I retired from a large, well-known computer company. My title was "Senior Usability Consultant". I was, for all practical purposes, a computer programmer. And that is certainly how I viewed myself despite the fancy titles. I worked shoulder to shoulder with highly educated people. Some with Phds, others with masters degrees. I was certainly the odd man out when it came to education. The truth is I never so much as completed 10th grade. In other words, I didn't even finish half of a high school education.
Formal education is often confused with intelligence, ability, or both. And yet history is full of high achievers with little formal education. They are self-taught, as am I.
Traditional education failed me. My teachers were unable to recognize that I had a learning disability. Despite the fact that I was tested to have an IQ of 138, they all refused to treat me with any respect. I didn't conform to their concepts of a proper student, therefore I was treated harshly. I suffered socially as well.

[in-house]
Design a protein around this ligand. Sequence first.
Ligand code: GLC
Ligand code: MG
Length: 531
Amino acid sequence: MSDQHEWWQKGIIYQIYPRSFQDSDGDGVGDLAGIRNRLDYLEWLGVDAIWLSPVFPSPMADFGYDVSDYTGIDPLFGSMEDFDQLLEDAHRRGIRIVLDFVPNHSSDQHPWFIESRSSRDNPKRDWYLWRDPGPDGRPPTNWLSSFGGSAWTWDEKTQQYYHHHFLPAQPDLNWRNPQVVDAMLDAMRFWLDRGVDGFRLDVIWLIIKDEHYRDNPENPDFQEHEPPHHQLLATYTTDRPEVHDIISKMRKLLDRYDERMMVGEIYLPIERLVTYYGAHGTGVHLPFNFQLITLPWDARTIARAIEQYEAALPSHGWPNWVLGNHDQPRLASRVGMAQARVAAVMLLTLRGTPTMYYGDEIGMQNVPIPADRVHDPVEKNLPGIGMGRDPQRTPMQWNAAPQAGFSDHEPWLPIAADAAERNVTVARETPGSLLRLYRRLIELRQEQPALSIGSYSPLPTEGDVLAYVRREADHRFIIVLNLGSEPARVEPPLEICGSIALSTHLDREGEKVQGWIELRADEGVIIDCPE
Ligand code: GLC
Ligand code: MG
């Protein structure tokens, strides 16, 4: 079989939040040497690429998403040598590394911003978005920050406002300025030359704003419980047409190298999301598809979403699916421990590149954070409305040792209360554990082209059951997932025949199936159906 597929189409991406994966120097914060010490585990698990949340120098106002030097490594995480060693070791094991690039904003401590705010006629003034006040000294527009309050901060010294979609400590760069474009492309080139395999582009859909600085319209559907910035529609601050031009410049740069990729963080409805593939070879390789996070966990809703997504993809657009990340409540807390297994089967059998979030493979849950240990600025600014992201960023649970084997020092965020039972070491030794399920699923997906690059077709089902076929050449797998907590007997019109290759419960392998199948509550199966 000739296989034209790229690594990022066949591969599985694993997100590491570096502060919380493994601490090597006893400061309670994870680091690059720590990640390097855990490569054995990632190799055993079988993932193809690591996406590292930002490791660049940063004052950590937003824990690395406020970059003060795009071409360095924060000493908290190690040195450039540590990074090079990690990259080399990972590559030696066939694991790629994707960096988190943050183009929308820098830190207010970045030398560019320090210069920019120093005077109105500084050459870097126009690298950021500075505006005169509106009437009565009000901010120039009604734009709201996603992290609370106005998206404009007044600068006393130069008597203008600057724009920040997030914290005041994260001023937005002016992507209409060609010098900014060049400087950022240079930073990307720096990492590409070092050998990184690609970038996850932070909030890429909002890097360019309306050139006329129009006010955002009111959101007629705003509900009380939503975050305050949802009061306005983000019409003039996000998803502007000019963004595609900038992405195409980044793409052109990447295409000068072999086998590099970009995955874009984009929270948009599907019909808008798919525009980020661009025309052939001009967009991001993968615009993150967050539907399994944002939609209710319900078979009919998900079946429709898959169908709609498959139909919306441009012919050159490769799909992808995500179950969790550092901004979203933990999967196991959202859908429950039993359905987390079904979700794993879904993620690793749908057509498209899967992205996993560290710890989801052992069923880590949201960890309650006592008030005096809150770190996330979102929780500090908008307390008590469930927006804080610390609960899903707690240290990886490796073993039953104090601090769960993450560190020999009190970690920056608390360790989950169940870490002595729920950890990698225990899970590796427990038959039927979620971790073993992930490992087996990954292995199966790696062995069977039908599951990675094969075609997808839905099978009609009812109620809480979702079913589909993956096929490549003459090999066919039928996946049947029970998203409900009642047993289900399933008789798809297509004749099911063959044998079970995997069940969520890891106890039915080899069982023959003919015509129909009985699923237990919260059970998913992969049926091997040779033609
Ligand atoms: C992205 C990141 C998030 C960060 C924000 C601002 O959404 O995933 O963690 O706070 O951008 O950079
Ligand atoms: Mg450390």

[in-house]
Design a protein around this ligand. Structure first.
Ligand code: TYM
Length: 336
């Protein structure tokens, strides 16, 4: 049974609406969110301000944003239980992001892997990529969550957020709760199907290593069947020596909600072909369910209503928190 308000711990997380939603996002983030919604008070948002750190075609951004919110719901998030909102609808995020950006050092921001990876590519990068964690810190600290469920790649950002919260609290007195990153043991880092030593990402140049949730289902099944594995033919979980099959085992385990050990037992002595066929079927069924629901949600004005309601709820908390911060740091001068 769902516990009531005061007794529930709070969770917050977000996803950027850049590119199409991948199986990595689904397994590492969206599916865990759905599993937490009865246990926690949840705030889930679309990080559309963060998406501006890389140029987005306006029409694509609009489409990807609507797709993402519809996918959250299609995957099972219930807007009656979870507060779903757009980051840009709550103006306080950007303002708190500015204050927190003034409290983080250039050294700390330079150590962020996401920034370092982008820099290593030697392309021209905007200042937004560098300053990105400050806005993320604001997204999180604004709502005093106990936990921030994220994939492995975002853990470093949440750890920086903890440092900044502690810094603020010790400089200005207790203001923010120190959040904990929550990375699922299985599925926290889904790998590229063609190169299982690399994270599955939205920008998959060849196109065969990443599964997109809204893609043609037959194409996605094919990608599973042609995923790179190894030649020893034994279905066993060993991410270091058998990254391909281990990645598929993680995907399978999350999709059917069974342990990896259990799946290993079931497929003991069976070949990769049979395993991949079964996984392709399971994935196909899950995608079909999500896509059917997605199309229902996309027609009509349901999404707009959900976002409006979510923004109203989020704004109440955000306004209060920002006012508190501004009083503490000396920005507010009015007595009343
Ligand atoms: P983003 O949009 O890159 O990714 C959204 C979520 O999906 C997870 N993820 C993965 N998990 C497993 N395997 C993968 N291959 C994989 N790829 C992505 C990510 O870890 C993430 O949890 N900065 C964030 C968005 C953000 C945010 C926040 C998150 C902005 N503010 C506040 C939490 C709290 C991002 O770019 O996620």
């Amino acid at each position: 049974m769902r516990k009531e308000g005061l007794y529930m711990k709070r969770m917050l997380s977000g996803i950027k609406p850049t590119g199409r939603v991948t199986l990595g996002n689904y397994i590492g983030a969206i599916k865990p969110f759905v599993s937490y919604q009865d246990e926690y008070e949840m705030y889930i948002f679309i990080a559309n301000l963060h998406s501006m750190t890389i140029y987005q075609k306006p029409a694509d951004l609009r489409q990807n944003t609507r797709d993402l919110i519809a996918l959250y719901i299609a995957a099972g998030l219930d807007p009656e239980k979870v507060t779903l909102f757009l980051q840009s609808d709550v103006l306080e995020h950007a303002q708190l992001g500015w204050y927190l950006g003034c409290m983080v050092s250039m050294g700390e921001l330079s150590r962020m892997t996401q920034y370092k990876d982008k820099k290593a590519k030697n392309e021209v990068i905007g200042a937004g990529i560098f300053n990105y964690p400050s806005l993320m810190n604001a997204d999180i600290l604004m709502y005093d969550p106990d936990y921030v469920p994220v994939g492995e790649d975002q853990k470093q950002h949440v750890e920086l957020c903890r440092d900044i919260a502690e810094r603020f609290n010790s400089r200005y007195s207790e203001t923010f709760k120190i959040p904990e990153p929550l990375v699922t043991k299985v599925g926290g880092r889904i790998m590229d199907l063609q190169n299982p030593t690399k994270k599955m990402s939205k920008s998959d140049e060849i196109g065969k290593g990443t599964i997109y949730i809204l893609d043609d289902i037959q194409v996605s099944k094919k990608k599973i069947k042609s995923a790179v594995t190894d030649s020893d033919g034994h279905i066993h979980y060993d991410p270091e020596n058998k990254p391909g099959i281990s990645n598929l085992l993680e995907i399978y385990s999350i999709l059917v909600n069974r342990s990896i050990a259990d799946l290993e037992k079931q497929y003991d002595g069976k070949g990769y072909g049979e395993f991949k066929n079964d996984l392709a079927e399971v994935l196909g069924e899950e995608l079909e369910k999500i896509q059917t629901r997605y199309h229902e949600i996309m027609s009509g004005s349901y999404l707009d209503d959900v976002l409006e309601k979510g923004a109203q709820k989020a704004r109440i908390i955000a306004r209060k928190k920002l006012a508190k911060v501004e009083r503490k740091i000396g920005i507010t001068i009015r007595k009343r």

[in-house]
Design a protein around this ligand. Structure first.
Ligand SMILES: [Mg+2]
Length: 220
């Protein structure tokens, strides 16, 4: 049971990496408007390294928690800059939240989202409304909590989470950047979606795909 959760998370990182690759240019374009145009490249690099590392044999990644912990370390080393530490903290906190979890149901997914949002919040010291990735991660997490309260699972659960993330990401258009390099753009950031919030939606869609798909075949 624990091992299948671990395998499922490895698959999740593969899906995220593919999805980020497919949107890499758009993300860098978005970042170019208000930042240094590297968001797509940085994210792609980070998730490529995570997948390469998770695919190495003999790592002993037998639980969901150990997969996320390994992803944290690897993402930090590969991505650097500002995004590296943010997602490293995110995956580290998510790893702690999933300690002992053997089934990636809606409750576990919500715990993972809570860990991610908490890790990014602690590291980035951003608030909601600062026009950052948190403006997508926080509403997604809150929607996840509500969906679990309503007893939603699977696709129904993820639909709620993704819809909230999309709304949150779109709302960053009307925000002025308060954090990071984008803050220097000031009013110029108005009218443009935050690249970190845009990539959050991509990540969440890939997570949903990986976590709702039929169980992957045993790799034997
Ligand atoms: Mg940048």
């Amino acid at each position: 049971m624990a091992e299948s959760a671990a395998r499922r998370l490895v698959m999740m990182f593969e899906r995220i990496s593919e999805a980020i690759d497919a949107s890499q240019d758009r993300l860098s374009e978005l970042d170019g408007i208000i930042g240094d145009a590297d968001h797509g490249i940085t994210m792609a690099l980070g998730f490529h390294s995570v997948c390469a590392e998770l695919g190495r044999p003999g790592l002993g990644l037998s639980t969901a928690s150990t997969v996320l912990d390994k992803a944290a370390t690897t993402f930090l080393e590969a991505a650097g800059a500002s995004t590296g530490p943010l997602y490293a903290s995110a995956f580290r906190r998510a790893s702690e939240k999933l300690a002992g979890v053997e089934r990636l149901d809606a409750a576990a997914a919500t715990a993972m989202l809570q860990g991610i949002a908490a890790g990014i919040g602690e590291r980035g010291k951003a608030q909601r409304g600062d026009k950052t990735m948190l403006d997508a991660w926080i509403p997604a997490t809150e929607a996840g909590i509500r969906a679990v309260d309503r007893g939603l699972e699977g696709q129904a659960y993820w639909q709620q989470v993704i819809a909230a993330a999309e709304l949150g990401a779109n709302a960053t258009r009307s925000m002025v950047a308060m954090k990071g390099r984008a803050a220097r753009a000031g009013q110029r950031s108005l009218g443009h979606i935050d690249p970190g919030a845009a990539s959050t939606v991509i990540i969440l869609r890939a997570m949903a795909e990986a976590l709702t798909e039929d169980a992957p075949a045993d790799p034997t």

I can only hope that today's educational system is more capable of recognizing that not every child can learn in the same exact pattern; that there is always a distribution of students into at least three categories: those that excel, those that are more or less normal, and those for whom the teaching method doesn't work. Intelligence and learning ability are not the same. High functioning minds don't necessarily intake data the same way as more normal minds do.
To be mainstream is a huge advantage. You will fit into the world. You will meet the expectations of those around you. You will be predictable and acceptable, even if you will be unexceptional.
To be continued...